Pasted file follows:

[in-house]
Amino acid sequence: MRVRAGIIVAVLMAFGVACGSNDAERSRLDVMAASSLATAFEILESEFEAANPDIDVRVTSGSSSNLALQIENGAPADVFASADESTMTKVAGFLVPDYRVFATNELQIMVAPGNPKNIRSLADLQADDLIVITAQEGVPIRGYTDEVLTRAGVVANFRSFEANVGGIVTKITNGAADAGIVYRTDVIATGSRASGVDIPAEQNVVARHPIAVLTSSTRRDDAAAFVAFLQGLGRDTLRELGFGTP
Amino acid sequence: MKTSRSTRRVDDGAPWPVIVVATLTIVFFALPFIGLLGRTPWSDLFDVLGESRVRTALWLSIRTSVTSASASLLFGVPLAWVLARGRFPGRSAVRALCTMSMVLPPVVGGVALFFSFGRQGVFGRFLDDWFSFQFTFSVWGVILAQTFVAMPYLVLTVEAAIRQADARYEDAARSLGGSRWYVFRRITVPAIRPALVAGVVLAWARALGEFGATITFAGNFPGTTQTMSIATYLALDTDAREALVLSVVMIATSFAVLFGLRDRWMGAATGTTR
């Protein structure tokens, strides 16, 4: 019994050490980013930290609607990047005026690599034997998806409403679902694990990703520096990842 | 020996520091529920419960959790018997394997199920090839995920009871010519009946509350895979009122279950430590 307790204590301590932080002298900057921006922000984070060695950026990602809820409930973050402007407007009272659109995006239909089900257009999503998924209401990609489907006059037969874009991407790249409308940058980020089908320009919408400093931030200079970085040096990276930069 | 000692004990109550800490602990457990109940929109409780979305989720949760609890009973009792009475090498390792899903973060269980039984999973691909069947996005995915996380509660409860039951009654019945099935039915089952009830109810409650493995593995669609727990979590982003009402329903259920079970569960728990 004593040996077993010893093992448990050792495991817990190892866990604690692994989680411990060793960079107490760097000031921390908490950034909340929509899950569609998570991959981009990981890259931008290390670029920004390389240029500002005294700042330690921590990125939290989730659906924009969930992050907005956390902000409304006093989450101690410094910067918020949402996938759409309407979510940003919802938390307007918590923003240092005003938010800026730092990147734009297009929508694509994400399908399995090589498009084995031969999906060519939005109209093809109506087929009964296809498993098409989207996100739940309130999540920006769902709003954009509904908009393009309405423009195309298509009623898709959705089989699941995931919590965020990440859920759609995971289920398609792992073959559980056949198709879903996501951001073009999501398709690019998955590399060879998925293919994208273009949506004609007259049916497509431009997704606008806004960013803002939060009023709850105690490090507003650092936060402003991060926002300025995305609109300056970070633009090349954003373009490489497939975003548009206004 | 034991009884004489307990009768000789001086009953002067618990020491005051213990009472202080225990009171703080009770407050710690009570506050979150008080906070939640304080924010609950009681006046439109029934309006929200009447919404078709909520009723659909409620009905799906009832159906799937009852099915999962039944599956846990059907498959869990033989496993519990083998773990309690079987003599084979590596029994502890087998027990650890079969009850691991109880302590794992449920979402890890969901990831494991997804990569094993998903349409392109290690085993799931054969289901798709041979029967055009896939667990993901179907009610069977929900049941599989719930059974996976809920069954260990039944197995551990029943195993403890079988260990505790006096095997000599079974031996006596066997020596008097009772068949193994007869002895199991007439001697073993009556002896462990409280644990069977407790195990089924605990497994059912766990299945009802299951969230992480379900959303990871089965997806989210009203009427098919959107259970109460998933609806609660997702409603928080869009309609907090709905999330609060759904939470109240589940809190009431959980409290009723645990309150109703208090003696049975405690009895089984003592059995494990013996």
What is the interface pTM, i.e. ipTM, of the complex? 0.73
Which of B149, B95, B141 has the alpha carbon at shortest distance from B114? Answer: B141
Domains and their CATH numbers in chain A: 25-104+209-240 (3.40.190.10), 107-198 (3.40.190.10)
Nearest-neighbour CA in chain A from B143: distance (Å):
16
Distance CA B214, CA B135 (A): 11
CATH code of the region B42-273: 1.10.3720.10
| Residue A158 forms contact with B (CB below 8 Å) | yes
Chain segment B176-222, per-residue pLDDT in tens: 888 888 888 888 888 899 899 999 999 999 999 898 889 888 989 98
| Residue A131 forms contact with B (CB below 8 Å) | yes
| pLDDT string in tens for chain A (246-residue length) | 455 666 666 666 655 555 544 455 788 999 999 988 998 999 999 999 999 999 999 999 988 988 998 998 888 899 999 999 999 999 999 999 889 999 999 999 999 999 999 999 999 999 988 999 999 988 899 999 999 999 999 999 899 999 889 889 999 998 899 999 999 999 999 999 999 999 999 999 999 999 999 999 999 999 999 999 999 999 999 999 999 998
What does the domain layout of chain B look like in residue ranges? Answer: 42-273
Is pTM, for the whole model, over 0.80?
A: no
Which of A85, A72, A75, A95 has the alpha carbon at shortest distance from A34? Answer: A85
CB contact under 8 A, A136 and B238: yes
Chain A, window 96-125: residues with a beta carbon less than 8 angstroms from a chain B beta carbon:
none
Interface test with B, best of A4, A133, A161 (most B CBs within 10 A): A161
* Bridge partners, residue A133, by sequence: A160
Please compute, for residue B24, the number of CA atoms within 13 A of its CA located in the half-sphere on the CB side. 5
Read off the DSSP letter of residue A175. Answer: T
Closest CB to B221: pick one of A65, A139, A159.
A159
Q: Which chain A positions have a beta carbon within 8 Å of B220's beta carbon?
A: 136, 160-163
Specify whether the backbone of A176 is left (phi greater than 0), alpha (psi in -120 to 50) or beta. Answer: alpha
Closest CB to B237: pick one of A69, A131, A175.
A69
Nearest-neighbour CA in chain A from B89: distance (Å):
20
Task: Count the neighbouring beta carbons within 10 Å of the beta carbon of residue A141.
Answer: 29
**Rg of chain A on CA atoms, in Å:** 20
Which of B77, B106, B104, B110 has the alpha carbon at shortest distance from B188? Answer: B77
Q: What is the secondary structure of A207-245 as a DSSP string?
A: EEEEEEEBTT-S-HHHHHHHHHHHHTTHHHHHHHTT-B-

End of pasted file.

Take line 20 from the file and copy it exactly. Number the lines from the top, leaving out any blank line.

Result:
CB contact under 8 A, A136 and B238: yes